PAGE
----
Black Friday falls on 26 November 2021, and it’s going to be a very big deal this year. According to UK retail analyst Springboard, footfall in stores will be up 80.9% over last year and online will be bigger than ever. But while Black Friday 2021 is going to be big, it’s also going to be different.
The biggest difference, of course, is that the US and the UK aren’t suffering as badly from COVID-19 as this time last year. Stores are open, nothing’s locked down (at the moment) and nobody’s panic-buying webcams because they suddenly have to live and work on Zoom. But there are some problems too. (Ready to bag a bargain right now? Check out the best early Black Friday deals.)
Arguably the biggest issue around Black Friday 2021 is the global semiconductor shortage. That affects everything from cars to computers: while the car industry has been the hardest hit, the shortage has also affected all kinds of consumer electronics – not just computers but items such as electric toothbrushes and tumble dryers too. If it has chips in it, and these days pretty much everything does, its manufacturer will have been struggling to get the components at the right price in sufficient volumes.
Before COVID, microchip makers were already struggling to cope with demand and problems including fires, power problems, and a severe drought in Taiwan that left chip makers without the water that’s a crucial part of chip manufacturing. Then COVID hit. Many factories shut down completely while demand went through the roof because we were all bored and stuck indoors.
According to STMicroelectronics CEO Jean-Marc Chery, we won’t “return to a normal situation… before the first half of 2023”. Even if he’s pessimistic, it’ll be many months before the semiconductor shortage is over; Intel CEO Patrick Gelsinger predicts it’ll continue until 2022 and possibly even into 2023.
It’s hard to predict. Some manufacturers have allocated the components they do have to their most high-priority products and delayed or shelved production of less important models, so for example Samsung did that with some of its displays earlier this year. It’s one of the reasons why Sony has been struggling to make enough PlayStation 5s, and it’s also reduced the supply of OLED TVs.
Graphics cards. Because of rocketing demand for GPUs from cryptocurrency users, a motley crew of scalpers, bots and miners have made it almost impossible to get a high-end card without paying a sky-high price. According to NVIDIA boss Jensen Huang, GPUs are going to have supply issues well into 2022. That’s despite NVIDIA limiting mining performance in some cards, such as the RTX 3060.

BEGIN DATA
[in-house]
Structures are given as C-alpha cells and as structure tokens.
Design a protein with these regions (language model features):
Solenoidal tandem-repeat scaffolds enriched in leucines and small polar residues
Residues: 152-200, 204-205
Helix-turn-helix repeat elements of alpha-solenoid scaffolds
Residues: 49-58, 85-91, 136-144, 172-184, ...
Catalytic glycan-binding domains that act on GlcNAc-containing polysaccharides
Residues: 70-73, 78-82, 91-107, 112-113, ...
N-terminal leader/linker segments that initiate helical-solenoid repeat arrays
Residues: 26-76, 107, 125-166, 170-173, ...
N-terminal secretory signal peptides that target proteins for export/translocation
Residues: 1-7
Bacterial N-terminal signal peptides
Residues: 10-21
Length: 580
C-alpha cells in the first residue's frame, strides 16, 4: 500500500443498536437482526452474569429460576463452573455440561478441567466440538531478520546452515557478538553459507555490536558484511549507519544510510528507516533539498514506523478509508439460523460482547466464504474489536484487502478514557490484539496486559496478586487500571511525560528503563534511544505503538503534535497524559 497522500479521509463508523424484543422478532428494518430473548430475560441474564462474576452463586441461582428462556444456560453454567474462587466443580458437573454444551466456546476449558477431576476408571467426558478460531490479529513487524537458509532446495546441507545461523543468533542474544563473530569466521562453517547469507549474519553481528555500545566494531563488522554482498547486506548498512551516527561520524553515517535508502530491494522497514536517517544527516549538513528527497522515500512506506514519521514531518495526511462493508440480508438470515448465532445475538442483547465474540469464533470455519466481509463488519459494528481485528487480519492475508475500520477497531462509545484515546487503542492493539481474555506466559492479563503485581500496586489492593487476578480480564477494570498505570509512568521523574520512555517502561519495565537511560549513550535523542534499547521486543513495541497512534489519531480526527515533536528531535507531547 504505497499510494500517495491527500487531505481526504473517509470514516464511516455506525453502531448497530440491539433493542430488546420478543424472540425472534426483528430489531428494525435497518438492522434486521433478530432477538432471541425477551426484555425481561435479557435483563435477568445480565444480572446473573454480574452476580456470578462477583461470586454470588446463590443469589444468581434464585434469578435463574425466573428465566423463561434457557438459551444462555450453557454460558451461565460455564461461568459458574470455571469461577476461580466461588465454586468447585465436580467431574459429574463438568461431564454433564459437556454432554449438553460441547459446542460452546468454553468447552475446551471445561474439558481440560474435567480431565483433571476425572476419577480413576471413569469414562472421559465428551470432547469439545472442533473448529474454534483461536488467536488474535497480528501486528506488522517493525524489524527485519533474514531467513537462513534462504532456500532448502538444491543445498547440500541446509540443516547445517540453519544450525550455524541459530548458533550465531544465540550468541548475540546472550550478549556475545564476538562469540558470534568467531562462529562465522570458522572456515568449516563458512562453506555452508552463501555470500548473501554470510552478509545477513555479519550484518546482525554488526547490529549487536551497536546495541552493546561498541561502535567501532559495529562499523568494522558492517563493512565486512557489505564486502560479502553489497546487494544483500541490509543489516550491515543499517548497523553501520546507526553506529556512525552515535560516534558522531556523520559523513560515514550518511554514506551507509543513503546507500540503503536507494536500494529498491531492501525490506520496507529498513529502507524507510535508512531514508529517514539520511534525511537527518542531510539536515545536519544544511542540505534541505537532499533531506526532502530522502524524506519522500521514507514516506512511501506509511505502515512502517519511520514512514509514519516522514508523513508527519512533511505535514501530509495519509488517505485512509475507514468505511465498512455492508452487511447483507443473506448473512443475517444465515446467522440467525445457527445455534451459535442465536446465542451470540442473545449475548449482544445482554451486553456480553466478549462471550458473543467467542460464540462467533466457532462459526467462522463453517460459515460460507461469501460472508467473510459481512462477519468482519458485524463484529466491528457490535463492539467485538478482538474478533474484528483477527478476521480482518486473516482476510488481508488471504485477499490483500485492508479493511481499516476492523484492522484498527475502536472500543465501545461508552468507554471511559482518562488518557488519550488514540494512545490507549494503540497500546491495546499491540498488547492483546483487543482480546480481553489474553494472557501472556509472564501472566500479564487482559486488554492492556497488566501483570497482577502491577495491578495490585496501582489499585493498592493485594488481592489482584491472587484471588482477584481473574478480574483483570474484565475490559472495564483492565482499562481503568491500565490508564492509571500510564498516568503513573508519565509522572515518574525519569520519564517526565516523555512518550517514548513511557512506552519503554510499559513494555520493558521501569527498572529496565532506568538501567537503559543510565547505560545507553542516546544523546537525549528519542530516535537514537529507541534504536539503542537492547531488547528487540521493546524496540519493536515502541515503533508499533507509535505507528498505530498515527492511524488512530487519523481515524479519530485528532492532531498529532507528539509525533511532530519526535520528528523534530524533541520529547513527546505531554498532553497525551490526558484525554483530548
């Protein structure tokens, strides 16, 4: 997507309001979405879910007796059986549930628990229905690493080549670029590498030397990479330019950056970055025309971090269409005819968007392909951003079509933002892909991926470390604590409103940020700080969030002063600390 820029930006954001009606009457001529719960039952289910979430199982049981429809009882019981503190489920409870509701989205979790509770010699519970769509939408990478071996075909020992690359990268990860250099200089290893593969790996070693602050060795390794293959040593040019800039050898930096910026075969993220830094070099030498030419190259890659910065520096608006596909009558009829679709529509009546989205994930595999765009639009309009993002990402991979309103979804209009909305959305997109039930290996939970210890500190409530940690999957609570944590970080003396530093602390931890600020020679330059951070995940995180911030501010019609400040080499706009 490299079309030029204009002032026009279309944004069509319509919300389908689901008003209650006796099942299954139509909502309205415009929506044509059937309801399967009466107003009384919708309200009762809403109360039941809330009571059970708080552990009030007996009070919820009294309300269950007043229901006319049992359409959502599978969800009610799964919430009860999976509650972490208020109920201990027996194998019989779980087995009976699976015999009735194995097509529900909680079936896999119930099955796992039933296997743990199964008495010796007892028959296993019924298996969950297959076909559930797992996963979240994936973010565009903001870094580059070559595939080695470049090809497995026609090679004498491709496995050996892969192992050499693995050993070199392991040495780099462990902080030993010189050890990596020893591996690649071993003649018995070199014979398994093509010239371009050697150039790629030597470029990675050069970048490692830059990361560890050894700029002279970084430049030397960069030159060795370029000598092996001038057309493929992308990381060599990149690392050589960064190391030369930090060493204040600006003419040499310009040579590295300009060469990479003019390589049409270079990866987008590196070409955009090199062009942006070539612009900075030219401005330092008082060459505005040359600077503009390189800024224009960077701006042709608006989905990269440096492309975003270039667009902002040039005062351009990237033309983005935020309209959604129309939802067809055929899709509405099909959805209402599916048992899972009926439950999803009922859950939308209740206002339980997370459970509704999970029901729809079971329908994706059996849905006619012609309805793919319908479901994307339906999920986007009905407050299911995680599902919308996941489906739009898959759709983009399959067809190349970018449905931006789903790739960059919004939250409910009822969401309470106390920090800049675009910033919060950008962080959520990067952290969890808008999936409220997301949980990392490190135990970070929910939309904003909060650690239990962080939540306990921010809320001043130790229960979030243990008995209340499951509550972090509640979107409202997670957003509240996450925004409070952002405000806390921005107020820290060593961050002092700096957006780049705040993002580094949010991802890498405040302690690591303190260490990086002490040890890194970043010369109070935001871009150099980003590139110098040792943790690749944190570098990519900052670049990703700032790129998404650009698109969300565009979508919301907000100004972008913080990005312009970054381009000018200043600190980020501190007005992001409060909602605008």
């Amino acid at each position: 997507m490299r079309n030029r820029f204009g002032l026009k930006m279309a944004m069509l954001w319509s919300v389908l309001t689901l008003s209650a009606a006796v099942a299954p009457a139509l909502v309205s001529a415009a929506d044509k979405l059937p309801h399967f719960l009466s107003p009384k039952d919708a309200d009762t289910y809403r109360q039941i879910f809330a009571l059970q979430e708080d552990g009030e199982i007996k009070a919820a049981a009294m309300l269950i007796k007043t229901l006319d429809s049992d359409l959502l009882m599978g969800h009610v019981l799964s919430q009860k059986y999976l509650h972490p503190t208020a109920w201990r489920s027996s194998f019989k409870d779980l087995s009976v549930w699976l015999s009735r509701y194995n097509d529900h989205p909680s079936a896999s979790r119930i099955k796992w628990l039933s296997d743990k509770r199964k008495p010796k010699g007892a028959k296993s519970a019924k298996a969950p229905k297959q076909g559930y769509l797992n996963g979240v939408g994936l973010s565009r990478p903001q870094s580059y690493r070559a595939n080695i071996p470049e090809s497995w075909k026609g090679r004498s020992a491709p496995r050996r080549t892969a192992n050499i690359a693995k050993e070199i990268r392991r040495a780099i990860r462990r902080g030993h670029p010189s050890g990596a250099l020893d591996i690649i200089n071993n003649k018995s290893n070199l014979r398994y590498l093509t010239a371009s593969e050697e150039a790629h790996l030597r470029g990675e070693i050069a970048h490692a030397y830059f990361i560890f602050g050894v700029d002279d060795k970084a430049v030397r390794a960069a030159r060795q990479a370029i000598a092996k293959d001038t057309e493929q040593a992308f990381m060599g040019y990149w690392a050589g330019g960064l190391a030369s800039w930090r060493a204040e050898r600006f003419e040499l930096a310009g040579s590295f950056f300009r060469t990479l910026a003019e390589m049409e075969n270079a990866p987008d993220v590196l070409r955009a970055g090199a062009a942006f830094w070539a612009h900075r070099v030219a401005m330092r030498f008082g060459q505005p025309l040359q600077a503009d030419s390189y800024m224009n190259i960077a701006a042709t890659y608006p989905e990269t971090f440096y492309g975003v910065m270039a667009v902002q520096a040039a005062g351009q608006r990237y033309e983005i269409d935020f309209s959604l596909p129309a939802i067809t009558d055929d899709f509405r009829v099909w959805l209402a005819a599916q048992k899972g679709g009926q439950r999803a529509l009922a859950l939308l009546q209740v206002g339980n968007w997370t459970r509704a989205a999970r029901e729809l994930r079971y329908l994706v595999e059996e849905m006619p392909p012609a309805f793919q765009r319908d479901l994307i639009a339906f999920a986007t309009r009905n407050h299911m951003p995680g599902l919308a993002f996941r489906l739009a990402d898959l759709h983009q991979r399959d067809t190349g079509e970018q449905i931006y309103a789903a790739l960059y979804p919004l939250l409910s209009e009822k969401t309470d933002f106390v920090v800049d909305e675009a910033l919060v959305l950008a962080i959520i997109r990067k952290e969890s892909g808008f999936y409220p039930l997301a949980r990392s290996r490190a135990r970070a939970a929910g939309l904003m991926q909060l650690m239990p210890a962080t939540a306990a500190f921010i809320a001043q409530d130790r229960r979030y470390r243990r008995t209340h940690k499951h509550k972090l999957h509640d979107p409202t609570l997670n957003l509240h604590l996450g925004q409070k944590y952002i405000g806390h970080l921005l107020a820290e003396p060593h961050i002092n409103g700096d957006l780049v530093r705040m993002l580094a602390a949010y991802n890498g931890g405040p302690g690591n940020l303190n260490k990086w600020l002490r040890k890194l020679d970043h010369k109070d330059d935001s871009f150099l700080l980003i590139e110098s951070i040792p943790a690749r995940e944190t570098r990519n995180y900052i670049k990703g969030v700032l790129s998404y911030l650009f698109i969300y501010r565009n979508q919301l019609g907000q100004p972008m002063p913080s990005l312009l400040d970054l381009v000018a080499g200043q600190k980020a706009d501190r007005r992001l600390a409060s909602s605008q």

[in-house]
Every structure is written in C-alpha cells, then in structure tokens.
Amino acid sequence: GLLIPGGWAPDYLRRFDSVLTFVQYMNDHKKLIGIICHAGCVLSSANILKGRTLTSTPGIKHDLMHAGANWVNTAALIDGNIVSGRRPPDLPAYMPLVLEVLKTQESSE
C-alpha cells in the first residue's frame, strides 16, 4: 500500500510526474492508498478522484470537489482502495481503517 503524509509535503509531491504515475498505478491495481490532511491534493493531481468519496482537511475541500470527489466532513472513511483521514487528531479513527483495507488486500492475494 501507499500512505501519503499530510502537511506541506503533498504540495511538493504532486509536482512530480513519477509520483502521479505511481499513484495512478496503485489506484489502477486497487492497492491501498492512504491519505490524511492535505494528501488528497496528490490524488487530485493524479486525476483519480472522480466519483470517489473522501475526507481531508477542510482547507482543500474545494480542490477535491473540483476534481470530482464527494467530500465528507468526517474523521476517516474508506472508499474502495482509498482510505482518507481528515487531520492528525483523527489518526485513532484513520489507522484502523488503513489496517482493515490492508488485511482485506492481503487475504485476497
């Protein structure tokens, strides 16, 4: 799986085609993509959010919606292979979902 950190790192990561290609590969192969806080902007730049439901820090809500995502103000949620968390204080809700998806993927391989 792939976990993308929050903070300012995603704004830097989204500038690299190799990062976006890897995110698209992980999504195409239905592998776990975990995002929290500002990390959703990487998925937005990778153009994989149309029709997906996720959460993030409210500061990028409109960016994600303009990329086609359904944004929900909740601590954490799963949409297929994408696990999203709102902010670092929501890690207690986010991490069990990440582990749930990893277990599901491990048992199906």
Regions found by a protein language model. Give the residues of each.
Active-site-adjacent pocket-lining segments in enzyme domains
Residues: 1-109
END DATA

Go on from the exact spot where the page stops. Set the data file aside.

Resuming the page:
Buy now pay later services boomed during COVID, and they could help retailers by making items feel more affordable: Affirm has just signed a deal with Amazon to offer buy now pay later purchases of $50 or more, and Klarna and PayPal Credit will appear on lots of retail sites this Black Friday.
According to Bloomberg, this Black Friday season could be rather boring: “With shoppers buoyant (for now),” Andrea Felsted writes, “there’s little need to simulate demand, while supply shortages and higher shipping and labor costs will push retailers to protect margins. That all adds up to fewer doorbusters.” Statistics appear to back her up: “Stacey Widlitz of SW Retail Advisors tracks 60 chains across the U.S. and Europe. At more than 90% of them, she says, promotions are down compared with 2020, when they were already being reined in.”
The big beasts – the WalMarts and Best Buys, the Amazons and the ASDAs – will probably be fine: they order massive quantities well in advance, although there may be less variety and fewer items on sale overall. But according to Felsted, “smaller chains may struggle to secure enough stock. That doesn’t bode well for choice, or a frenzy of special offers.”
In the UK, there’s Brexit: since the UK left the European Union it has experienced significant retail shortages in part caused by a lack of truck drivers. There are also additional bureaucratic barriers in bringing goods from Europe and problems at English ports causing severe shortages of some toys, and dramatically rising food and energy costs could well depress UK sales too.
Yes, in both positive and negative ways. The shift from in-person to online shopping was already happening before COVID lockdowns, and that trend will continue – not least because despite vaccination programmes, COVID hasn’t gone away. But there’s a problem with online too: online sales are higher than ever, and some firms are already struggling to cope; in the UK, the truck driver shortage that’s leaving supermarket shelves bare is likely to affect Black Friday shopping too.
They’ve begun. Amazon is already offering “epic daily deals” and we’re seeing Black Friday-style deals from the likes of Target and Best Buy. A number of US retailers including Macys and Guess created their own version of Black Friday for the 10th of October, 10/10, although as Andrea Felsted notes, “Perhaps as a taste of things to come, some participants had to pull out of the live-streamed event at the last moment because of a lack of inventory.”
Many retail analysts expect this year’s Black Friday to last for the whole month, but predict that supply issues mean you probably won’t be able to ignore good deals in the hope of seeing better ones later. As Sheri Lambert, assistant professor of marketing at Temple University in Philadelphia told the Associated Press, “My no. 1 tip? Shop now. Order that special gift for that special someone today. And even then, anticipate and expect the worst – but hope for the best.”